“Commuter rail,” says Metra CEO and Executive Director Jim Derwinski, “needs a distinct voice.” Derwinski and a group of current and former passenger rail industry executives led by former New York Metropolitan Transportation Authority Director of Regulatory Affairs, Corporate Standards and Benchmarking KellyAnne Gallagher, have launched the Commuter Rail Coalition (CRC), described as “an association representing the interests, needs and benefits of the nation’s commuter railroads.”
“The Commuter Rail Coalition is comprised of commuter rail agencies, operators and other interested parties acting together to engage and educate stakeholders and communities on the value of commuter railroads,” says Gallagher, CRC’s Founding Executive Director (who also spent many years at APTA advocating for commuter rail). “The coalition will give a stronger voice in Washington D.C. to the safest mode of surface transportation. Commuter rail transportation delivers 490 million passenger trips annually, reduces congestion, decreases commuters’ carbon footprints and increases property values as well as a region’s tax base.”
CRC’s founding members represent a who’s who in commuter rail. Gallagher, Derwinski, TriMet (Portland, Ore.) General Manager Doug Kelsey and SFRTA/Tri-Rail (South Florida) Executive Director Steven Abrams form the association’s executive committee, with Derwinski as Chair. They’re joined by former New York MTA Chairman and Long Island Rail Road President Tom Prendergast, Connecticut DOT Commissioner and former Metro-North President Joe Giulietti, North County Transit District (Oceanside, Calif.) Executive Director Matthew O. Tucker, New Jersey Transit Executive Director Kevin Corbett, former Federal Railroad Administration Executive Director Pat Warren, Northern Indiana Commuter Transportation District President Mike Noland, and FTI Consulting Senior Managing Director John Cline.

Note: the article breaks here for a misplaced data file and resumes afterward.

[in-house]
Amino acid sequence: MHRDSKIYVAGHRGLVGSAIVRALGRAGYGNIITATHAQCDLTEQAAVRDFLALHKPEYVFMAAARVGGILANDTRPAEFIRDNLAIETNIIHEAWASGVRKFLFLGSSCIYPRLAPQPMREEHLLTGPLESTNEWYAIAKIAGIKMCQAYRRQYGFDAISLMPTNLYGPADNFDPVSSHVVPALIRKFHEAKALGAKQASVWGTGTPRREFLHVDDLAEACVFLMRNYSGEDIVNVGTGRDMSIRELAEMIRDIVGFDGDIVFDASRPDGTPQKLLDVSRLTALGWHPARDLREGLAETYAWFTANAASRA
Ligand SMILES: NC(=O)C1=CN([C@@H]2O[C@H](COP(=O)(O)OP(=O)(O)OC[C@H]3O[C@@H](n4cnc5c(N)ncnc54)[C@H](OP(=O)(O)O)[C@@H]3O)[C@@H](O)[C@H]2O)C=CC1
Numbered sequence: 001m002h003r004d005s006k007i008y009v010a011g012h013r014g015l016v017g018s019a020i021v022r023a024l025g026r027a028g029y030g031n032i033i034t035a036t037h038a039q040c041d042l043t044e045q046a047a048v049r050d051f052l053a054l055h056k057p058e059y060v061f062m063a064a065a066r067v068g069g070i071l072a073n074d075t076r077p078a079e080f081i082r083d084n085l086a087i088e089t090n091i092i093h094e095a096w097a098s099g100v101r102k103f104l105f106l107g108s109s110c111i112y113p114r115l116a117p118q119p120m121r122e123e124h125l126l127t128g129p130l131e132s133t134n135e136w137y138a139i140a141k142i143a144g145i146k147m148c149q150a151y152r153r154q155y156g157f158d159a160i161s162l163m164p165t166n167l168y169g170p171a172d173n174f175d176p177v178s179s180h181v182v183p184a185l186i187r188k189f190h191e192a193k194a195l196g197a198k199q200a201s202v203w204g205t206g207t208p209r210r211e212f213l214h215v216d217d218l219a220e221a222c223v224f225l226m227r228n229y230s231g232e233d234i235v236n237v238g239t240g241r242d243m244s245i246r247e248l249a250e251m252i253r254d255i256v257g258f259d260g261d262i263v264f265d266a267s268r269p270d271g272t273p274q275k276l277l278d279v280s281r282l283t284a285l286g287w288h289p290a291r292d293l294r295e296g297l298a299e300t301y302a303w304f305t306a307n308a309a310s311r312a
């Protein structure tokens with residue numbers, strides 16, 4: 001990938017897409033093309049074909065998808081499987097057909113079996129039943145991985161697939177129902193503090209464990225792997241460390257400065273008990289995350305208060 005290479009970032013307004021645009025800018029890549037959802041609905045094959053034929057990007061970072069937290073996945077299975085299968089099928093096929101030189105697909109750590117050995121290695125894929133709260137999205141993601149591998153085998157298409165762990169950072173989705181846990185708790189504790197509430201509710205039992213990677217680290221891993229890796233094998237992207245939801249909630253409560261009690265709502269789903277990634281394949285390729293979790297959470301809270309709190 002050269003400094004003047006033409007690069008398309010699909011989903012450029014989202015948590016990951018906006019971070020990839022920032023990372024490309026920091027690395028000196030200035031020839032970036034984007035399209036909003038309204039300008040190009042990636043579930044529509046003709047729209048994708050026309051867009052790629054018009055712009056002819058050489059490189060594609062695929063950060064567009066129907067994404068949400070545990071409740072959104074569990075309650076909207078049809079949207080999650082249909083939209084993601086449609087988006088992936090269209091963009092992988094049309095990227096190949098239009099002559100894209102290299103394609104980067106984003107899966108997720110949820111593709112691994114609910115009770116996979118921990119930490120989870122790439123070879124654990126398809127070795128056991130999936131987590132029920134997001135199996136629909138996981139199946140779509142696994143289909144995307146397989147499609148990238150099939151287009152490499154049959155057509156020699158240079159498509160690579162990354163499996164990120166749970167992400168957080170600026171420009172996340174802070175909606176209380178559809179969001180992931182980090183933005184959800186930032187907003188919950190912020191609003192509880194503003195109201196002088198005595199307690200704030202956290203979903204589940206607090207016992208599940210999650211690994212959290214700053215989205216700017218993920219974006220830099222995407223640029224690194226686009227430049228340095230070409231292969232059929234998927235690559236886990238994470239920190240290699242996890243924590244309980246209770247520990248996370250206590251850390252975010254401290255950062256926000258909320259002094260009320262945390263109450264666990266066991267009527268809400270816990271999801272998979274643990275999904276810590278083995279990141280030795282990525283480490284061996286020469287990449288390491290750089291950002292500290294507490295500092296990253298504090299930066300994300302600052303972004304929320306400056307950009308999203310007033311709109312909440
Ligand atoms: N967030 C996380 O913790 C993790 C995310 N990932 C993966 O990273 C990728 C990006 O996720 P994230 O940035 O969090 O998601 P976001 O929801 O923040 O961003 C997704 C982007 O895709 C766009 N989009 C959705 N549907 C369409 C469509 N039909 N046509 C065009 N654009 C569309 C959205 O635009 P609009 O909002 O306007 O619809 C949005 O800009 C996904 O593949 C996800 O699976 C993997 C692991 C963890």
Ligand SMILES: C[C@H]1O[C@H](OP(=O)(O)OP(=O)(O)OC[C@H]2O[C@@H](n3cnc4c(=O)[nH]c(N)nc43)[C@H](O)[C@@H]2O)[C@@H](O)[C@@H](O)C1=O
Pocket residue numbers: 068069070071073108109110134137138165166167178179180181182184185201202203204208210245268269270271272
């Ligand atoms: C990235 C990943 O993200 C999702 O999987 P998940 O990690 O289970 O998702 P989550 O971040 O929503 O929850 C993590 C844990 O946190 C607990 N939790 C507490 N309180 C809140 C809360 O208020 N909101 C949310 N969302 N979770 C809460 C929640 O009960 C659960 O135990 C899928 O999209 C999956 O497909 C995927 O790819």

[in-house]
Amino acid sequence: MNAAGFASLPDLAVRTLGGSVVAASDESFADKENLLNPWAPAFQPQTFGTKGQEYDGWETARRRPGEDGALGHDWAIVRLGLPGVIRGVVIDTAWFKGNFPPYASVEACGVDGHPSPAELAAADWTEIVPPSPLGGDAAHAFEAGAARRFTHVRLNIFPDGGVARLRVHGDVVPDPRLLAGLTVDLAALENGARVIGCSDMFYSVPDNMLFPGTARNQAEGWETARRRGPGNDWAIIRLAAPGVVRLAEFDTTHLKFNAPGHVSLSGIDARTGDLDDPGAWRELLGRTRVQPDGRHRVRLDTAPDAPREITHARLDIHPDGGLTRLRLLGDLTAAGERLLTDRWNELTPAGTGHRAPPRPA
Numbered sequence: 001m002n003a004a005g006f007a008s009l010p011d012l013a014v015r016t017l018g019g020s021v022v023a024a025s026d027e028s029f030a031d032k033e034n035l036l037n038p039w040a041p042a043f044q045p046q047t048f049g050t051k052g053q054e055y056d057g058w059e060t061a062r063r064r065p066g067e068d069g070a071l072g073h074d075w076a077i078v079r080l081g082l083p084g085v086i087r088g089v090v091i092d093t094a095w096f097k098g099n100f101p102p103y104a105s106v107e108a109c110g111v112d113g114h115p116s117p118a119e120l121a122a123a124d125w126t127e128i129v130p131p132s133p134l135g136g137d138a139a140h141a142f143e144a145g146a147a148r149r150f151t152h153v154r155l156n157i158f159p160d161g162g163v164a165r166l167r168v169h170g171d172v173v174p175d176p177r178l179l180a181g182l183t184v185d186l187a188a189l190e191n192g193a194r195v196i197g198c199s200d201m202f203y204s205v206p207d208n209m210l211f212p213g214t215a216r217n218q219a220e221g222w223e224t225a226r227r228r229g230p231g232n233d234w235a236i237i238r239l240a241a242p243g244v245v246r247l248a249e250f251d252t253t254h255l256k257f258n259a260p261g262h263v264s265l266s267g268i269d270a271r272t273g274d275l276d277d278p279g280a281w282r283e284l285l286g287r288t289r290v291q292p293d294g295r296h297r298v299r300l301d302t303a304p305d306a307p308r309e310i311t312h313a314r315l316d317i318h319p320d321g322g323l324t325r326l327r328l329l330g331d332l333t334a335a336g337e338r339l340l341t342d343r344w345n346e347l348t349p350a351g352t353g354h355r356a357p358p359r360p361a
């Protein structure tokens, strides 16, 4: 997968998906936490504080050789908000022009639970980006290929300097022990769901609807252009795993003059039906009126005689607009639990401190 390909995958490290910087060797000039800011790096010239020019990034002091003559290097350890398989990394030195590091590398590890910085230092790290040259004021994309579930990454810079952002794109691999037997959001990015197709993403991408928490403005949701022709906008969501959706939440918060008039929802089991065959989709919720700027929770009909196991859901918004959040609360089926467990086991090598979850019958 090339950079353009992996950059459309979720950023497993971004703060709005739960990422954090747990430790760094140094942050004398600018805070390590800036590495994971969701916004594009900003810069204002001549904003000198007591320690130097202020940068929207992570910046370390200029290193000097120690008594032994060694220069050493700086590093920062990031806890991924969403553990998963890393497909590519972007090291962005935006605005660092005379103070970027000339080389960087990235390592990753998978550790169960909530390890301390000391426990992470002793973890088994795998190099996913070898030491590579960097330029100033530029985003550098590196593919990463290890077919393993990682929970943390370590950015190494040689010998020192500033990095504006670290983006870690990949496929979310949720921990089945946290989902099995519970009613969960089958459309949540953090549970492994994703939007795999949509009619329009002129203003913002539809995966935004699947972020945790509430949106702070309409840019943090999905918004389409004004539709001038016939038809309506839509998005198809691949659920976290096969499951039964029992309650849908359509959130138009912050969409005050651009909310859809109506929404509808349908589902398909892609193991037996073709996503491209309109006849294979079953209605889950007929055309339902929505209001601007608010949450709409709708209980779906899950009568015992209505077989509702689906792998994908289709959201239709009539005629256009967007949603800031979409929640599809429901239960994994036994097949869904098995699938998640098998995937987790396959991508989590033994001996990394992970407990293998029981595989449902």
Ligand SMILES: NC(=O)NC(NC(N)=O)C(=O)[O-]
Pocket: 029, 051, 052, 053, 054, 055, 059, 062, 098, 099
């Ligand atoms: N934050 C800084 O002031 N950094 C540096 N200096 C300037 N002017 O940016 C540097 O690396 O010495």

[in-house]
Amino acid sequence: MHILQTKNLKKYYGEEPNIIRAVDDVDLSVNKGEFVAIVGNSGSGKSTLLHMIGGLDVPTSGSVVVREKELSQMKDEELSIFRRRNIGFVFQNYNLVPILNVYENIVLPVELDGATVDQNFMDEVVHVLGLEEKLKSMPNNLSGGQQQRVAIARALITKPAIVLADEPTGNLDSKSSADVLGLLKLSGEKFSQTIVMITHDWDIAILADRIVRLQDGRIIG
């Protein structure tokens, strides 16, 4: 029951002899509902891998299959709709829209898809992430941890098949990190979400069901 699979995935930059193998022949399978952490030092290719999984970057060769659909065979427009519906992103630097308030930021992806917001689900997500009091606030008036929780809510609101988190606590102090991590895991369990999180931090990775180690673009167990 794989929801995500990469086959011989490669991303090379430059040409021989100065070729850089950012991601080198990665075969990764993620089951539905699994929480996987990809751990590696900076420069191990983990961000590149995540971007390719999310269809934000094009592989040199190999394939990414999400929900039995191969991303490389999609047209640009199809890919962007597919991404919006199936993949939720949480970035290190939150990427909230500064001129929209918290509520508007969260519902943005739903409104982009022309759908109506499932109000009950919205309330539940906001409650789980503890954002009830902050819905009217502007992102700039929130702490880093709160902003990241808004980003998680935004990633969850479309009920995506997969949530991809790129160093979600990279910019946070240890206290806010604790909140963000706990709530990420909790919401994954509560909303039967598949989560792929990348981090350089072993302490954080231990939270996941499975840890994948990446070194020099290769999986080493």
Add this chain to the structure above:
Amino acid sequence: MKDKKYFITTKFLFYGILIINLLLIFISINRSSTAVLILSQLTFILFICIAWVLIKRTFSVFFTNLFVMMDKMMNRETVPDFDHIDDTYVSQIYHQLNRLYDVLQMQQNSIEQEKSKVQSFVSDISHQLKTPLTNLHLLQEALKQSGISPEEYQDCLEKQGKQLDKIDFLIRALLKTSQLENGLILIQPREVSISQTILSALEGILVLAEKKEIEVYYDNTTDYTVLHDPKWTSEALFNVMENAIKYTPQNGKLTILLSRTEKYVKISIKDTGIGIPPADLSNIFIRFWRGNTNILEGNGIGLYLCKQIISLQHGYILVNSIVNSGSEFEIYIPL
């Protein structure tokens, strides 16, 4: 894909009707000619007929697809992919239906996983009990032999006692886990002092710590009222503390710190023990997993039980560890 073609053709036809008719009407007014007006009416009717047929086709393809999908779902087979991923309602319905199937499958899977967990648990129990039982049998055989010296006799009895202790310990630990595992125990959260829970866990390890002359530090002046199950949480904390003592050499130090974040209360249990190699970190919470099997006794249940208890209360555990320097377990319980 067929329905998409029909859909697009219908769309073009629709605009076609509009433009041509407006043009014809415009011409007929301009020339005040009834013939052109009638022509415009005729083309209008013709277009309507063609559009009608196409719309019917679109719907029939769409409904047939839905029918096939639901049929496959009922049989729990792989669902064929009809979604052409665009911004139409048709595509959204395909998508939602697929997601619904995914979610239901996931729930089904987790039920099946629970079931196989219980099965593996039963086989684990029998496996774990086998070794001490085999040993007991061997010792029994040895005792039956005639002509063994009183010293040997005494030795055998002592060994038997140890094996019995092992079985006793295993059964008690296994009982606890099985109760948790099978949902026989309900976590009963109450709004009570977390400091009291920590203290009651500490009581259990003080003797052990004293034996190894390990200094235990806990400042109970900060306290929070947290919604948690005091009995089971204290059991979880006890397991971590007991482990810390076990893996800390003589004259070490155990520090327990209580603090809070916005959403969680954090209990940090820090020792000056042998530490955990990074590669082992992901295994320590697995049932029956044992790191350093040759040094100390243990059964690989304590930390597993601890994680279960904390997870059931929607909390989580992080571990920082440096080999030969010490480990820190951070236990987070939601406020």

“Our mission is to provide a strong and concise voice for commuter rail,” Gallagher told Railway Age. She stressed that commuter rail, of which there are 30 operators in the U.S., is subject to many of the same regulatory requirements as Class I freight railroads. The most critical one is Positive Train Control (PTC), an unfunded mandate for which—unlike the USDOT’s initiatives on autonomous highway vehicles—there was no pilot project. “We didn’t have that benefit,” she said. “Going forward with any new regulation, we need a more measured approach. We also need to be in harmony with the freight railroads, and work hand-in-hand with the Association of American Railroads on the issues and concerns we have in common. We should not be at cross-purposes.”
PTC, which now has less than 20 months to go before the absolute final full-implementation deadline of Dec. 31, 2020, has been a major impetus behind CRC’s founding, Derwinski told Railway Age. “PTC, and other what I refer to as ‘unfunded major decisions’ made all of us realize that commuter rail needs a stronger voice on Capitol Hill. We need a focus in Washington that brings our issues forward. By coming together as a single group, the Commuter Rail Coalition allows us to leverage our collective voices on the issues that matter.”